How to Become an Ordained Minister in New York

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Starting a ministry in New York can be a way to meet people's needs and earn some money at the same time. A common business venture for ordained ministers is performing marriages. New York does not require state licensing for its ministers, though New York City does have licensing requirements for weddings performed in Manhattan, The Bronx, Queens, Brooklyn and Staten Island. Ministers must be at least 18 years old but do not need to be residents of the state.

Complete any seminary training your church requires you to do, if applicable. Not all churches recognize the authority of free or online-based ordinations. New York does not require your school to be in the state for you to be ordained there.

Choose a ministry to ordain you if you do not go to seminary. Several ministries, both Christian and non-Christian, exist that offer ordinations valid in New York. Some examples include First International Church of the Web, American Marriage Ministries and American Fellowship Church.

Research the ministry's spiritual position by reading its statement of faith. You and the ministry should reflect each other's beliefs.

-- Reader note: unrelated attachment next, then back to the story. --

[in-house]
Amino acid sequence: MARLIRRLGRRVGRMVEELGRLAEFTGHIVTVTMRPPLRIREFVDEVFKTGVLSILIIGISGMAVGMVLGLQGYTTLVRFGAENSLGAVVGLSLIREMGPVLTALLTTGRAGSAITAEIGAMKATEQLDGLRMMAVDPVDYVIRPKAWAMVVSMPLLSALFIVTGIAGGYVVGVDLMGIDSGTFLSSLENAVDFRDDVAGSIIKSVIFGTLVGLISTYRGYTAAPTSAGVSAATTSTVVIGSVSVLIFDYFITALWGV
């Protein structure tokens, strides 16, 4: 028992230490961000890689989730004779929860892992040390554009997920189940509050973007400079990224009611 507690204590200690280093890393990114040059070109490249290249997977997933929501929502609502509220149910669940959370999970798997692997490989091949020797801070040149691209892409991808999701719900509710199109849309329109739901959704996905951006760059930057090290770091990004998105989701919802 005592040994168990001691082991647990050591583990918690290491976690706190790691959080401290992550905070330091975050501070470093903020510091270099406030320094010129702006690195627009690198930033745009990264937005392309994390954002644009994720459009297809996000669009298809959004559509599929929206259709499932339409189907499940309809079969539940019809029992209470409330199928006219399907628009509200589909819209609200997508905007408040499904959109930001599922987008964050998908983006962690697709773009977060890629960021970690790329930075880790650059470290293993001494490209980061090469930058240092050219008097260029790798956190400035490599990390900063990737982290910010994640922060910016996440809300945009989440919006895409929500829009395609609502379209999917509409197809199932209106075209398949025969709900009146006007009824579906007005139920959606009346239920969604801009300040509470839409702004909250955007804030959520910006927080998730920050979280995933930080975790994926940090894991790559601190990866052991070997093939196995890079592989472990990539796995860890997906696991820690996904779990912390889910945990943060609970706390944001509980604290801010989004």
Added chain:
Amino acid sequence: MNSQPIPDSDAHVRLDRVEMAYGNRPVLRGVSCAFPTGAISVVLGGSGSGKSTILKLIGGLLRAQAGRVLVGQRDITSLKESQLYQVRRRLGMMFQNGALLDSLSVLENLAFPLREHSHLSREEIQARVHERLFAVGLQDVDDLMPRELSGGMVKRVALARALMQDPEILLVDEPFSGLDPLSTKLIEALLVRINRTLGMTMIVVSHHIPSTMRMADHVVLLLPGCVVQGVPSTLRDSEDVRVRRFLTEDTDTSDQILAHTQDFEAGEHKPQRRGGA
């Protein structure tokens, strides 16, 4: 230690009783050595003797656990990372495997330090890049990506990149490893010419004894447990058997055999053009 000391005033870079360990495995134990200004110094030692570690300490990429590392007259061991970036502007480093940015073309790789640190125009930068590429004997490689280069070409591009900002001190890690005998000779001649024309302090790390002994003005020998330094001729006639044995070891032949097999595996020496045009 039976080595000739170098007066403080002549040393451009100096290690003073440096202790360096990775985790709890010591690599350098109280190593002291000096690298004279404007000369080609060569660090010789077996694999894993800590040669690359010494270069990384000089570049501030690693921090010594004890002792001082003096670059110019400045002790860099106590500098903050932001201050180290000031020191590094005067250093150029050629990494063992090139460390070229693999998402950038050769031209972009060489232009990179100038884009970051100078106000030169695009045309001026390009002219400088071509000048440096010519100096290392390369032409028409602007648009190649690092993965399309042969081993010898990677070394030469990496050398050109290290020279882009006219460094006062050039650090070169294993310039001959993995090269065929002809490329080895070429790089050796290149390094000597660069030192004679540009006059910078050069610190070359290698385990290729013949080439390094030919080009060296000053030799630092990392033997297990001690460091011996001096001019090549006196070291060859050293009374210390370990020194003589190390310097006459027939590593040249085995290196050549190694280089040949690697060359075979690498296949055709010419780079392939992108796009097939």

Submit the application for ordination in New York along with the appropriate fee, if applicable.

Store the documents you receive from the ordaining ministry in a safe location. You may have to provide these documents as proof of your ordination when you register with the county, city or town clerk in the area you have your ministry.

Warnings

  • Your ministry is not tax-exempt simply because you are ordained. Consult a tax professional if you seek tax-exempt status.

References

About the Author

Stephen Hicks has been writing professionally since 2000. He recently published his first novel, "The Seventh Day of Christmas." He spent three years as a licensed life and property/casualty insurance agent in California. Hicks holds a Bachelor of Fine Arts in cinema studies from New York University.

Photo Credits

  • bridal couple holding hands image by Faith Ashurst from Fotolia.com